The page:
First steps of freelancing

Over the last couple of years and very intensive over the last couple of months I spent a lot of time thinking about freelancing, which includes the central questions how to do it and complaining about the missing possibilities to do it. I was talking to friends about it, spent hours of talking with my partner about it, and after every conversation, I felt better, but I didn’t have a better plan what to do. My point was and still is: having a full-time job, but not having enough savings which would enable me to quit my job and start from scratch, and not having a huge amount of (professional) contacts, it’s not the perfect start for own business.

The Input

Since I live in London, I got the impression that certain things are easier here than in Germany. For example, no one asks me here if I have a degree in Graphic Desing, people just want to see my works. In this country seems to be more important what you have done, rather what you have studied. I like that.

One day my boyfriend said: it is so much easier to find graphic design work than to set up an architectural company, why don’t you start with that?

I was supposed to reply with: “But, if I am not sure, probably, first I should do … “…
Why? Why so complicated, Eva?

Instead of saying something I remembered the commandment – “Do it now”, and asked him what would he suggest for starting. He suggested Upwork; he proposed to do a couple of small jobs there to create a proper graphic portfolio, afterwards to do a bit advertising for my graphic work to find more and probably bigger clients. On this way, I would have a bunch of works for my website, that I can create later and on the other hand side I would get more experience, which will help me for clients recruiting.

I spent around three months thinking about it.

Around four weeks ago, at least, I set up my upwork profile, I even set up a behance profile. It took me only one day. I was such proud and excited afterwards and felt so much better! Only this feeling was worth to do it, I thought, I was thrilled about it!
Upwork is a platform where freelancer and clients come together.
Behance is an online portfolio site, where designers could present their works, connect with each other, share ideas, and collect inspirations.
I started applying for jobs. Nothing happened. After my excitement I got frustrated. I saw that another freelancers offer their work for $4/hour. Hm, if one lives in Bangladesh probably is a good deal, but I couldn’t imagine providing such a rate while living in London.

The beginning

I kept applying for jobs. After the 1st week, I got the first job – to create an info page for a Vietnamese pho-soup-cubes. I was the only one who had applied for this job, maybe this was the reason that I got it. I didn’t care; I got a job, that was what I was looking for. The beginning was difficult because the brief was not quite clear. OK, I needed to start again. Pretty soon I realised that my bid was too low for the amount of work that I had. But, the client was happy. In the end, I spent around 10 hours of working; my bid was $15, the client paid me a bonus of another $10 and wanted to send me a Vietnamese cooking book as an additional present. The book hasn’t arrived yet, but I am sure this is going to happen, and I am euphoric about this first opportunity!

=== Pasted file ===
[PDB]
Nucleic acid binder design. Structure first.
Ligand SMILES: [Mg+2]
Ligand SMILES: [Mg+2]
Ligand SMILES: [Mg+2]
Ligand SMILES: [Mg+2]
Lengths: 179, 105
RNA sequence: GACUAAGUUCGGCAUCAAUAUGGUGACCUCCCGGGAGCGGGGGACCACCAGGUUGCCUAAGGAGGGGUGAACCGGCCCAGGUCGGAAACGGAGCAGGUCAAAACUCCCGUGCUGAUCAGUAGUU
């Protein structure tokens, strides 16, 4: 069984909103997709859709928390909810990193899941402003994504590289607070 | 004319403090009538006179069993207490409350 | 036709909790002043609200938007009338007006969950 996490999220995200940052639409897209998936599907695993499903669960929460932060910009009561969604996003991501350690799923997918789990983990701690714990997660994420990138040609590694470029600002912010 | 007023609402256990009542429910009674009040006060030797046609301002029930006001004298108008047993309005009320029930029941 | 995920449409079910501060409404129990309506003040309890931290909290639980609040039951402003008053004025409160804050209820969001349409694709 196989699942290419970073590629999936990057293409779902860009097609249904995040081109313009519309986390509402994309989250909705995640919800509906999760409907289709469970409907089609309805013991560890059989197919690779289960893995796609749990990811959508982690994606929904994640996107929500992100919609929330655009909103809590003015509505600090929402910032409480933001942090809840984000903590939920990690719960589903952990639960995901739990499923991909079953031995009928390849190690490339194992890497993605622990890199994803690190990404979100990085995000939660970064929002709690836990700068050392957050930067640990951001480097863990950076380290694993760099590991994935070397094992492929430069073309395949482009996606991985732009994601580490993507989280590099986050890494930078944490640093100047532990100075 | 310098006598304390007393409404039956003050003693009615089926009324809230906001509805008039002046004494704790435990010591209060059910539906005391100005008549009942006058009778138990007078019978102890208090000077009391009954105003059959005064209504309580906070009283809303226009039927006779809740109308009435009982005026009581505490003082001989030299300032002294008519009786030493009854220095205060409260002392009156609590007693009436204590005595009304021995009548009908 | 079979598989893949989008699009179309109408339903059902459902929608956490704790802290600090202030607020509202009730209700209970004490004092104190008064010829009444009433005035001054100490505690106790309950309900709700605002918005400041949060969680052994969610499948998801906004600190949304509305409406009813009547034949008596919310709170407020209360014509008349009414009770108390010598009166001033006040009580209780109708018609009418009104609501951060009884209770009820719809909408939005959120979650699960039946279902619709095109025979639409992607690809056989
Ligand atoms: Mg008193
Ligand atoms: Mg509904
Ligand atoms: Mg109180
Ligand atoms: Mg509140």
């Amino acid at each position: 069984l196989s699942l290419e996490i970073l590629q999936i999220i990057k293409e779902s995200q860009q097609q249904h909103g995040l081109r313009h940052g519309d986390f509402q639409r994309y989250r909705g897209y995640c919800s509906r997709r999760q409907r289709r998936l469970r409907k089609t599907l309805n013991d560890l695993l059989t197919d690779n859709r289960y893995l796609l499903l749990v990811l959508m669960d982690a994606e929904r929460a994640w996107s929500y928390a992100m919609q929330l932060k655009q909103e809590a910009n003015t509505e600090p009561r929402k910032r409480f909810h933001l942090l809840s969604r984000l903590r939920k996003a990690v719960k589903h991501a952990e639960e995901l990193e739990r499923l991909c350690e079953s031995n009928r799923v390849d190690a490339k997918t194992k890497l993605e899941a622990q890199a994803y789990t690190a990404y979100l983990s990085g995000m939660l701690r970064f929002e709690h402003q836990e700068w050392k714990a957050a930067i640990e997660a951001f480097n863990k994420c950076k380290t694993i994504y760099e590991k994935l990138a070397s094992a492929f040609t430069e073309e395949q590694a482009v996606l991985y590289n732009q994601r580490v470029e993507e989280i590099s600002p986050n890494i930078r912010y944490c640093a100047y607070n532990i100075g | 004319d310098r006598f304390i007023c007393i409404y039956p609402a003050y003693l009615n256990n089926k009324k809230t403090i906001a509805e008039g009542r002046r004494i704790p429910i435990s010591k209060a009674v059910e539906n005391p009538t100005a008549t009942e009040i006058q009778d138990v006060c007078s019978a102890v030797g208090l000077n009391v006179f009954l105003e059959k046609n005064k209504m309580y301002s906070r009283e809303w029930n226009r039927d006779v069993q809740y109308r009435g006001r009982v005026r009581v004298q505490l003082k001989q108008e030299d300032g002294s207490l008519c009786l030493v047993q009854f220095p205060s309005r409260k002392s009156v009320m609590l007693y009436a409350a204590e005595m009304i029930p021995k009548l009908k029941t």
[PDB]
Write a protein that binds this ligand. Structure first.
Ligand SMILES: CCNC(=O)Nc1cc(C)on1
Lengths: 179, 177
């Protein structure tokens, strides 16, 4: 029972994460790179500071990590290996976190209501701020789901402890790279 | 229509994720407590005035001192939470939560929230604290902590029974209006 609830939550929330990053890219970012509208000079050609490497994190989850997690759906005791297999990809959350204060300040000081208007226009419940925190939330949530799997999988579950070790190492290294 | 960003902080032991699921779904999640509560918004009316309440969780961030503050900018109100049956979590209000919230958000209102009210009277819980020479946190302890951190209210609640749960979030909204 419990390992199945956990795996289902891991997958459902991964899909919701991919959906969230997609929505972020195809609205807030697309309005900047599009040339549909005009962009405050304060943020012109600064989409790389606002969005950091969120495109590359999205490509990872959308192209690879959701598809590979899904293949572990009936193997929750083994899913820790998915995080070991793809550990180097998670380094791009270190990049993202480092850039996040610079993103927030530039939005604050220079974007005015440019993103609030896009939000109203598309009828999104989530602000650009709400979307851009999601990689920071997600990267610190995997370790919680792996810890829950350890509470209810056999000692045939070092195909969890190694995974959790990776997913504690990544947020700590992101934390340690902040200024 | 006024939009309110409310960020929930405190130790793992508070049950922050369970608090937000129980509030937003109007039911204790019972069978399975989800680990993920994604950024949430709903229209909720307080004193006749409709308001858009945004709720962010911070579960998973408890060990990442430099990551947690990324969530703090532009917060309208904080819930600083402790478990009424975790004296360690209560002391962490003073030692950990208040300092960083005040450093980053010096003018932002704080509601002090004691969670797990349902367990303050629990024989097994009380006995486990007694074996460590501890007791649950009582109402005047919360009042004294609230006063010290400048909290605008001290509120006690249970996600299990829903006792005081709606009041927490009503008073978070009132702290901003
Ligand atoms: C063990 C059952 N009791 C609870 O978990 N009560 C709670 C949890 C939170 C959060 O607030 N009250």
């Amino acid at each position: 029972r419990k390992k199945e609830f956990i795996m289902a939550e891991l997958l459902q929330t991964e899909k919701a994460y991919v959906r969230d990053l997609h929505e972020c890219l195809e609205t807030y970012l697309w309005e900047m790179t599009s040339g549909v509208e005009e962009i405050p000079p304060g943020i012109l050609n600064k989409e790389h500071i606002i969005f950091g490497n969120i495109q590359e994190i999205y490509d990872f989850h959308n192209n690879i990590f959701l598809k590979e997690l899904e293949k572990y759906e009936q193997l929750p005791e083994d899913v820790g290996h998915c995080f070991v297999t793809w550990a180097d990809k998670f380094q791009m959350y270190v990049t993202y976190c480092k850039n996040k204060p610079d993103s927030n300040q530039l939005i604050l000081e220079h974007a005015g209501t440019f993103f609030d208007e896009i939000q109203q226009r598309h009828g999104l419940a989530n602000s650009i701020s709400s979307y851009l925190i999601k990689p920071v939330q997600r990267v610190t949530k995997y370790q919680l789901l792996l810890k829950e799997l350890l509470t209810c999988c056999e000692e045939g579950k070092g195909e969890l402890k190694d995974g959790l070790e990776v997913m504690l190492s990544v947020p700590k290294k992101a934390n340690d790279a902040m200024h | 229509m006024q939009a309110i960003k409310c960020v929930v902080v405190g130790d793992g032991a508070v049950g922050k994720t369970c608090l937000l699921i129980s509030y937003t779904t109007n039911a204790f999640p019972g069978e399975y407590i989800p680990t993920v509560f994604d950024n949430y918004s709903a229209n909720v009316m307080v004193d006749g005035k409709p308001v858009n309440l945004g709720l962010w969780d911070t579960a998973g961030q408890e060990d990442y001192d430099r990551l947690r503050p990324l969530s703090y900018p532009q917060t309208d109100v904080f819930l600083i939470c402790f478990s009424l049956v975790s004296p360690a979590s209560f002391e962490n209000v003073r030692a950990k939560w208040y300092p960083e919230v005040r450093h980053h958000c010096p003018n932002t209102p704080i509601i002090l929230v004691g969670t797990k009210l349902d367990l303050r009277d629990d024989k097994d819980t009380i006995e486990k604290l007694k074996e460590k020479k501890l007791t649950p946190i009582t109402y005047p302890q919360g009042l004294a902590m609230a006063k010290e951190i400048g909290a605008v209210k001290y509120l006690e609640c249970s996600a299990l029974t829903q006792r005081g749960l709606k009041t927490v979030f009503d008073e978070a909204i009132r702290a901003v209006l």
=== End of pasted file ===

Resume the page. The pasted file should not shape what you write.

One thing I’ve learned from that job is that I don’t want to do any graphic. I am quite keen on working on branding and corporate design, on book design, and typography. So, for the future, I will concentrate to apply for more jobs from those areas.

The first project

In the meantime, someone told me about Peopleperhour – similar to Up work, but UK-based. For this one, I could activate my friends to endorse me for my skills and knowledge. About two weeks later an Irish company contact me to redesign their existing corporate design – I couldn’t believe it!
My bid was for the whole job, split in small bids for each item, like business cards, brochures, folders, etc. The guy asked me to start with the business card to see how it works and then to move forward with the other items. No problem!
Before I started, I’d spent some time to think how long I have to dedicated to something, to get paid nearly for what I am working. And it worked!
I set up time for each working step and stayed on track. I spent just a little bit longer than I wanted but it was still OK. I sent the first draft on the weekend, and yesterday I got the reply that they love it!
And here I’ve learned something else: it is not every time so much pressure as I assume.
In Germany we say something like: Not everything get eaten as hot as it was cooked. That’s why remember my own commemdents and “Don’t get everything too serious”.

What are your experiences with freelancing online? Drop me a line or leave a comment, I am looking forward to hearing your stories!

Best, Eva

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